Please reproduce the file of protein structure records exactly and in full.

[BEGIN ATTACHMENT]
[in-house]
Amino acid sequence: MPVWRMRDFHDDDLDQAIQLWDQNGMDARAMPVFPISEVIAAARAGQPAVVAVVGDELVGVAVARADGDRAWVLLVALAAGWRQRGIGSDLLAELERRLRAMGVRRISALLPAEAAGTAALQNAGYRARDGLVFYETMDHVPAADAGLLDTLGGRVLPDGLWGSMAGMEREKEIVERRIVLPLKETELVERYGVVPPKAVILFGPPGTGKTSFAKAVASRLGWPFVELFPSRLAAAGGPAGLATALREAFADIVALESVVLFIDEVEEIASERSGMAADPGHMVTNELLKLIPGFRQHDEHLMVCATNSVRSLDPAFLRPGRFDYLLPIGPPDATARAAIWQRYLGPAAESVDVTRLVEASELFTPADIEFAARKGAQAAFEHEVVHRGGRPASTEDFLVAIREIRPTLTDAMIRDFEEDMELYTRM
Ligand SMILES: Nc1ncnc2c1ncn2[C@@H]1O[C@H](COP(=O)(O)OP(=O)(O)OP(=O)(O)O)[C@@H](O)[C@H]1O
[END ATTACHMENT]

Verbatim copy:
[in-house]
Amino acid sequence: MPVWRMRDFHDDDLDQAIQLWDQNGMDARAMPVFPISEVIAAARAGQPAVVAVVGDELVGVAVARADGDRAWVLLVALAAGWRQRGIGSDLLAELERRLRAMGVRRISALLPAEAAGTAALQNAGYRARDGLVFYETMDHVPAADAGLLDTLGGRVLPDGLWGSMAGMEREKEIVERRIVLPLKETELVERYGVVPPKAVILFGPPGTGKTSFAKAVASRLGWPFVELFPSRLAAAGGPAGLATALREAFADIVALESVVLFIDEVEEIASERSGMAADPGHMVTNELLKLIPGFRQHDEHLMVCATNSVRSLDPAFLRPGRFDYLLPIGPPDATARAAIWQRYLGPAAESVDVTRLVEASELFTPADIEFAARKGAQAAFEHEVVHRGGRPASTEDFLVAIREIRPTLTDAMIRDFEEDMELYTRM
Ligand SMILES: Nc1ncnc2c1ncn2[C@@H]1O[C@H](COP(=O)(O)OP(=O)(O)OP(=O)(O)O)[C@@H](O)[C@H]1O